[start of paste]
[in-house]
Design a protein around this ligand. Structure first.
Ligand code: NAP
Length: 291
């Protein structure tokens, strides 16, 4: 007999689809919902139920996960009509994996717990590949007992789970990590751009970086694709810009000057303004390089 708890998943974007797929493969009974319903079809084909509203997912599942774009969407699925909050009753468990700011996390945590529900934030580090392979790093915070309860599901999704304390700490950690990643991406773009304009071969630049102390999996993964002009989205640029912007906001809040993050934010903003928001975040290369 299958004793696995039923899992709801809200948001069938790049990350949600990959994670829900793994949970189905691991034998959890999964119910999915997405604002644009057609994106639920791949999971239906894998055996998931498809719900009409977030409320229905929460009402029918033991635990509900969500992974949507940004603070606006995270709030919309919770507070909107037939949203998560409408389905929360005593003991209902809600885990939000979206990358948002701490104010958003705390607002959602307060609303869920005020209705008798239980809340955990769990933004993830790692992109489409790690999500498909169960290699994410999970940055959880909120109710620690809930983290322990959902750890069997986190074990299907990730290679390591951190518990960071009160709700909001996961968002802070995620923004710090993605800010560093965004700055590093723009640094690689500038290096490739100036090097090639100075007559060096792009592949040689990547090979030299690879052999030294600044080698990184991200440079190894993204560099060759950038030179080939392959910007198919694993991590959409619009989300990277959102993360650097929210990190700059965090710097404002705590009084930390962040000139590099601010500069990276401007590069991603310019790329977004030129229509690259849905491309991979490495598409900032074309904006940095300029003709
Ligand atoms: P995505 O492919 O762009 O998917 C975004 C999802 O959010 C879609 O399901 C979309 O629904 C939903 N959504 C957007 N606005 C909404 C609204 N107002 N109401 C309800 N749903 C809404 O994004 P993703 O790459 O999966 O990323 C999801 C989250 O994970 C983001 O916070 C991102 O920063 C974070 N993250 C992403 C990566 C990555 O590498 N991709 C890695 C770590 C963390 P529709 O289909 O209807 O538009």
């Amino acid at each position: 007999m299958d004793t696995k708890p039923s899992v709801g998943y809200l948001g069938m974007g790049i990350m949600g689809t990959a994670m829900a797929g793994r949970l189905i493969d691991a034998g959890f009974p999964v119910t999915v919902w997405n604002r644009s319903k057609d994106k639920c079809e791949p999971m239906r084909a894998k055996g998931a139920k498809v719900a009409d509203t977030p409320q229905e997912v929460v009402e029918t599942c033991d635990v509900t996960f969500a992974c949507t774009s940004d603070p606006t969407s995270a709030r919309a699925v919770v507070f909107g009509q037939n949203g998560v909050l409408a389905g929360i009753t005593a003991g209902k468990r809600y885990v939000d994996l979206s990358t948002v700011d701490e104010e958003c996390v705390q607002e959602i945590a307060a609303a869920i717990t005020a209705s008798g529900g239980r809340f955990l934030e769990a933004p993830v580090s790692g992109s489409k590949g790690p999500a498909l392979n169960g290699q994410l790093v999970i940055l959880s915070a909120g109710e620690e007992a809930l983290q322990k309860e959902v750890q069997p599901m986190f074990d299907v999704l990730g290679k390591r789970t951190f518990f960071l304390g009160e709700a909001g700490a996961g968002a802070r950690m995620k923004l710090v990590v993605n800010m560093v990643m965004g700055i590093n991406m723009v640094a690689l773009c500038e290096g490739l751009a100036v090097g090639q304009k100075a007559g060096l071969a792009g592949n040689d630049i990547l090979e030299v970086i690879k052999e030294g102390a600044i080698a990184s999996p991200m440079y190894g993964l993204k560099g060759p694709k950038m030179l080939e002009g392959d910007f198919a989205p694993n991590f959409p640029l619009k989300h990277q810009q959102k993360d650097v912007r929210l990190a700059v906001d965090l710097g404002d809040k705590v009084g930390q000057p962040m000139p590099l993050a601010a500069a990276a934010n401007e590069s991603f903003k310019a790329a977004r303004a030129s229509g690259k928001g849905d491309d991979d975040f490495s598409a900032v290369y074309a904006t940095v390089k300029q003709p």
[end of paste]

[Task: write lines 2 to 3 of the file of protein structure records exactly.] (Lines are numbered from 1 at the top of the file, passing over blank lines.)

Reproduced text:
Design a protein around this ligand. Structure first.
Ligand code: NAP